Saturday, January 30, 2016

691. De stilte rond Christine M.

De stilte rond Christine M.
A Question of Silence
Directed by Marleen Gorris

I have so many thoughts about this film that I apologize if I come across as a bit muddled.  I have been going into movies blind lately, without reading any kind of description of their plot beforehand.  I had no idea what this film was going to be about and I am pretty sure I watched most of it with jaw on the ground.  It was probably really attractive.

Three women who have never met before brutally kill a male shopkeeper, while several other females watch impassively.  A psychiatrist (also a woman) tries to ascertain whether or not the murderers were sane or not for their upcoming trial.

I have complained constantly on this blog about the treatment of women in film.  I can't help it; so many classic movies contain absolutely brutal acts of violence against women (not to mention the lack of representation).  Then we have a movie like this come along that is just so shocking and extreme.  Maybe we needed to see something this jolting after decades of silence.

Maybe not.  I know a lot of men are up in arms about this film.  I watched it on YouTube and one commentator accused anyone who liked this movie of being men haters with penis envy.  Funny that the same brutal criticism isn't given to men who like "A Clockwork Orange" or "Irreversible" for example.  Anyway, I am not saying I condone the act these women commit.  I actually feel a bit like the psychiatrist.  She doesn't necessarily approve of these women but she naturally finds herself opposed to the women's persecutors (and, in this case, prosecutors).

Definitely a film I will have to turn over in my mind for awhile.  The courtroom scene is truly unforgettable.  And what about when the prosecutor urges the psychiatrist to be objective and she replies, "And by objective, you mean your opinion?" What a boss.

RATING: ****-

Interesting Facts:

Won the Grand Prix at the Creteil International Women's Film Festival.


  1. I've been a waiting for you to get to this one to see what you have to say about it.
    I find it sad that this film splits people so dramatically along gender lines. Such polarisation is not healthy, so I regret I end up on the predictable dividing line.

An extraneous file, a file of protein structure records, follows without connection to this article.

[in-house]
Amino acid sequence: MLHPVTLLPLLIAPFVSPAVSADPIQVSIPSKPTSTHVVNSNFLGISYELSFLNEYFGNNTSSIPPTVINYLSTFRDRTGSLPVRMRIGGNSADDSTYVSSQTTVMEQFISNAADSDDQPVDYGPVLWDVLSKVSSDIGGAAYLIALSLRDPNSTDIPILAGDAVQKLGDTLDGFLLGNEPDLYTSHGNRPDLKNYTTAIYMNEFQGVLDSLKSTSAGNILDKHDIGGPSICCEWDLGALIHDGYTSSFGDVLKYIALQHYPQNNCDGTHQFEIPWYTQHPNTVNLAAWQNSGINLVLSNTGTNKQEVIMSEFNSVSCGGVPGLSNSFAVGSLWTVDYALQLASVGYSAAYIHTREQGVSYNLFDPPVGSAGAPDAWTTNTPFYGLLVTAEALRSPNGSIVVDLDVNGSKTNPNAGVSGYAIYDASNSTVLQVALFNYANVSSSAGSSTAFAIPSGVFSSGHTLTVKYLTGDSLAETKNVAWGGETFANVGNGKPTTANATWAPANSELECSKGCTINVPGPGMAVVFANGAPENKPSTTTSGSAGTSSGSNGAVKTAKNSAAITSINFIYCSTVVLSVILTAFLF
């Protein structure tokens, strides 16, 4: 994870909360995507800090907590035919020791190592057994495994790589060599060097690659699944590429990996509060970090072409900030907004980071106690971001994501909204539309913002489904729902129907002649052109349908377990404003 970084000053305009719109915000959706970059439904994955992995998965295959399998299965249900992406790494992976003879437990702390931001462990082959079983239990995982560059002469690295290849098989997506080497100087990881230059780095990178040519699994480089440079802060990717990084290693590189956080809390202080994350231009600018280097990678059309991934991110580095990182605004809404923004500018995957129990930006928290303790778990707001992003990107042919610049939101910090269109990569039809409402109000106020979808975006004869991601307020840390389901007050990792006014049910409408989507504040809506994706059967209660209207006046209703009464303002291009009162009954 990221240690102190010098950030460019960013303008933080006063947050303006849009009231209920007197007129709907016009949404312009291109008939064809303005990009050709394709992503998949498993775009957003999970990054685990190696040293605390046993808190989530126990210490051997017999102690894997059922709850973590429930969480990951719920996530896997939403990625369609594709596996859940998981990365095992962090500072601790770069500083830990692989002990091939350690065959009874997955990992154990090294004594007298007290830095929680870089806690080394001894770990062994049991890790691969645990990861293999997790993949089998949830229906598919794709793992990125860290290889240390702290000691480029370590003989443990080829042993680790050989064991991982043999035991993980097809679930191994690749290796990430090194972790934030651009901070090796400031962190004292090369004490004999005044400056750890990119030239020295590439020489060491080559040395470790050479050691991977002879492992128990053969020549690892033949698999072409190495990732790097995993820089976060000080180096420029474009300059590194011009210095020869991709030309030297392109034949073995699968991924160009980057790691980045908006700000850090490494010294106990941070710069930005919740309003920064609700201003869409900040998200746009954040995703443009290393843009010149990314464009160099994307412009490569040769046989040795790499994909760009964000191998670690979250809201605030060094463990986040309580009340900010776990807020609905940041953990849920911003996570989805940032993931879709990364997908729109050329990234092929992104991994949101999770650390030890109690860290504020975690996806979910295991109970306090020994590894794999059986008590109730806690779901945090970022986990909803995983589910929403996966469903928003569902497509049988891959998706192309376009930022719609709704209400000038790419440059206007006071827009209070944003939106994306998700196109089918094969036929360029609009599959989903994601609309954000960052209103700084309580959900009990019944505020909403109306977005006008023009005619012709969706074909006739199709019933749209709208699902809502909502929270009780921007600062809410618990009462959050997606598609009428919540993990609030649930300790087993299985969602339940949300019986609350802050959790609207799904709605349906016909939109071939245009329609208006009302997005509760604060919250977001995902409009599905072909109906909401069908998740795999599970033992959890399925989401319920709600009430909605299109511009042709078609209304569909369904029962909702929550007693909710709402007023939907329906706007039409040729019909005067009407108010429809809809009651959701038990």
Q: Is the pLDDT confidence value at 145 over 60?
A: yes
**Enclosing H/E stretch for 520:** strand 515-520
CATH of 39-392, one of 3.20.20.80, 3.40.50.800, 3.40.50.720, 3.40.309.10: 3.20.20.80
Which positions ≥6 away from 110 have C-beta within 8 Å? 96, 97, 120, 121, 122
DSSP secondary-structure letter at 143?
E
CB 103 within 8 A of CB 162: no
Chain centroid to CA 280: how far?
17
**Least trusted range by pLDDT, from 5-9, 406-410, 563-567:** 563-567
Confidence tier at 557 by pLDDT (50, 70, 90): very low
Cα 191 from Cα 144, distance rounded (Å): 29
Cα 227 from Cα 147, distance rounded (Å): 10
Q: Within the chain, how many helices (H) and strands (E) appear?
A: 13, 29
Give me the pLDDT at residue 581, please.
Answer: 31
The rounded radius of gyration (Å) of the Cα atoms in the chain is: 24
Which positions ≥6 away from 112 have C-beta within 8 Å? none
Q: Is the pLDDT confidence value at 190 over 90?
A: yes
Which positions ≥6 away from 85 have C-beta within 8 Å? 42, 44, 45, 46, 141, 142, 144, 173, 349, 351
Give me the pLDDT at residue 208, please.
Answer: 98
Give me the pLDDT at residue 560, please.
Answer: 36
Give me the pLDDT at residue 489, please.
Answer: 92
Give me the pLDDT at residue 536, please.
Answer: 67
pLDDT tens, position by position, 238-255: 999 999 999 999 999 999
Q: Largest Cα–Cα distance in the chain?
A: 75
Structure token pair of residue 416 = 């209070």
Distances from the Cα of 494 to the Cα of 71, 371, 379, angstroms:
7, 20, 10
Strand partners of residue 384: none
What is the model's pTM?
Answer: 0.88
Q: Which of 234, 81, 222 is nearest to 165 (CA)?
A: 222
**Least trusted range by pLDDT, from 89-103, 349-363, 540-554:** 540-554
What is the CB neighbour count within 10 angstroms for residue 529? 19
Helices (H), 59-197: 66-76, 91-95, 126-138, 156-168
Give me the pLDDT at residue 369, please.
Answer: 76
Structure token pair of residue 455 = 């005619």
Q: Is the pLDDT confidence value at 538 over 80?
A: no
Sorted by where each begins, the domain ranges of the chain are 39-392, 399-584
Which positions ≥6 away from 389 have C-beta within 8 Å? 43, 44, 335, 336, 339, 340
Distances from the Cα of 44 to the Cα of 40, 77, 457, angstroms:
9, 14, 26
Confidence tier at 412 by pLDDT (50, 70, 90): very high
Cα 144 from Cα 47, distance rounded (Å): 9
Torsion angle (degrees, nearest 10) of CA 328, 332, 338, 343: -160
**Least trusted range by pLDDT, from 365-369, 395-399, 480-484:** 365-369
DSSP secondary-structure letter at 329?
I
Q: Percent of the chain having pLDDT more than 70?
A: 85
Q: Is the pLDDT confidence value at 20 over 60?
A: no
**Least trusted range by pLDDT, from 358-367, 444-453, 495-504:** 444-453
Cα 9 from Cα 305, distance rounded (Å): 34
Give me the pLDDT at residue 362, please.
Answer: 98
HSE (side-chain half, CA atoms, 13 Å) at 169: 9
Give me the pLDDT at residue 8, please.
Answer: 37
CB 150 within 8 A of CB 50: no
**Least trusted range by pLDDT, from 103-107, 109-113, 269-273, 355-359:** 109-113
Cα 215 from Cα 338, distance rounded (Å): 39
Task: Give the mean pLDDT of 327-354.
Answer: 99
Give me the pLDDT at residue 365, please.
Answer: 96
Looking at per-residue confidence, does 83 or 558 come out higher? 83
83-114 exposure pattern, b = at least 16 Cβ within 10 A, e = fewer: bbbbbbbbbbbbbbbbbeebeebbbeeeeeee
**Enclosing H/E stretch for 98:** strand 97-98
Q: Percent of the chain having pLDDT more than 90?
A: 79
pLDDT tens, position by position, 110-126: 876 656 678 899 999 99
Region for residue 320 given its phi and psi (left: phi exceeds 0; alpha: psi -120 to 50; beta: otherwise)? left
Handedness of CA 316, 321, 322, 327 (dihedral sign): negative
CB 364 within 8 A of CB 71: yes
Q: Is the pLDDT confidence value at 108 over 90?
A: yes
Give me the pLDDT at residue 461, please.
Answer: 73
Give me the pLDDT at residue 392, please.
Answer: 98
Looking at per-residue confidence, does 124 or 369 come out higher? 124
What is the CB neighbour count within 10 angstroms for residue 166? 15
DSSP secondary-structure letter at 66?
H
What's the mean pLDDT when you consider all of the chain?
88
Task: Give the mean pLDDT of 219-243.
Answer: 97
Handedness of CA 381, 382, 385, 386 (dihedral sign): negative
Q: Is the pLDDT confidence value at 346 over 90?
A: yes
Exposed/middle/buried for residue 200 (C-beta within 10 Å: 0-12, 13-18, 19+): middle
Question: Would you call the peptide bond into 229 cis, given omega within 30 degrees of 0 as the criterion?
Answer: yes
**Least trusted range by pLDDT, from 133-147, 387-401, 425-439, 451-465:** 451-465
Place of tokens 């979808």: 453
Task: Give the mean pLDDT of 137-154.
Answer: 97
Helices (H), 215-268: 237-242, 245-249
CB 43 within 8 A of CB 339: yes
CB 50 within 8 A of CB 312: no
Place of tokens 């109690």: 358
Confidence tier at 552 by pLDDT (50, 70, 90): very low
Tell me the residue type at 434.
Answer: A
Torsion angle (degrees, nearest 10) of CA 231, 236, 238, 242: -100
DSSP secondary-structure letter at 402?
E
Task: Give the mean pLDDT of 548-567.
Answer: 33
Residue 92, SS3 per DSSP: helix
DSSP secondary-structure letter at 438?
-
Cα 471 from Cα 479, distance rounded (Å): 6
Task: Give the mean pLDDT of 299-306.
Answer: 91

I think, for me, the nail in the coffin was the end scene where they go off laughing with delight about what they had done .. and the audience is obviously invited to celebrate along with them.

  2. Creepy to say the least. I felt like in the last scene the women were descending into hell (or less dramatically, going down the steps) with all of womankind's blessing. Creepy creeps.

  3. Ohhh .. interesting idea! I've not see that suggested elsewhere. I'm afraid I doubt it .. which is a shame, I'd very much like to believe it.

  4. Well, actually the film does not set up the lines, they are there already.

    They are there when a woman's opinion is ignored at work and they are there when a female expert is not deemed able to pronounce an objective opinion on a woman - when this does not happen with a male expert assessing another man. Just to point out two examples out of the film.

    The movie only displays the lines for everyone to see. The only reason most men do not notice those lines more often is because they do not have to deal with them every day.

    It is worth to be noticed that the picture does not condone the murder. Quite the contrary, its whole purpose is to proof that the murderers are perfectly sane and that they can be judged and sent to jail. But surprisingly it's the prosecutor who is trying to absolve them on the base of insanity. The only reason he could do that is because he has a tendency to think that women can't act rationally. They are like children. They can't be held responsible for their acts. That's the final joke, by the way. He says that he would have acted the same; if a man had killed a woman. No sir, that would not be the case. In that scenario, he would act as a real prosecutor and ask for the maximum sentence possible. As Amanda says it's the final straw and they laugh to keep from crying.

    1. Yeah it's crazy. Even well meaning men in my life don't always realize the extent of the privilege.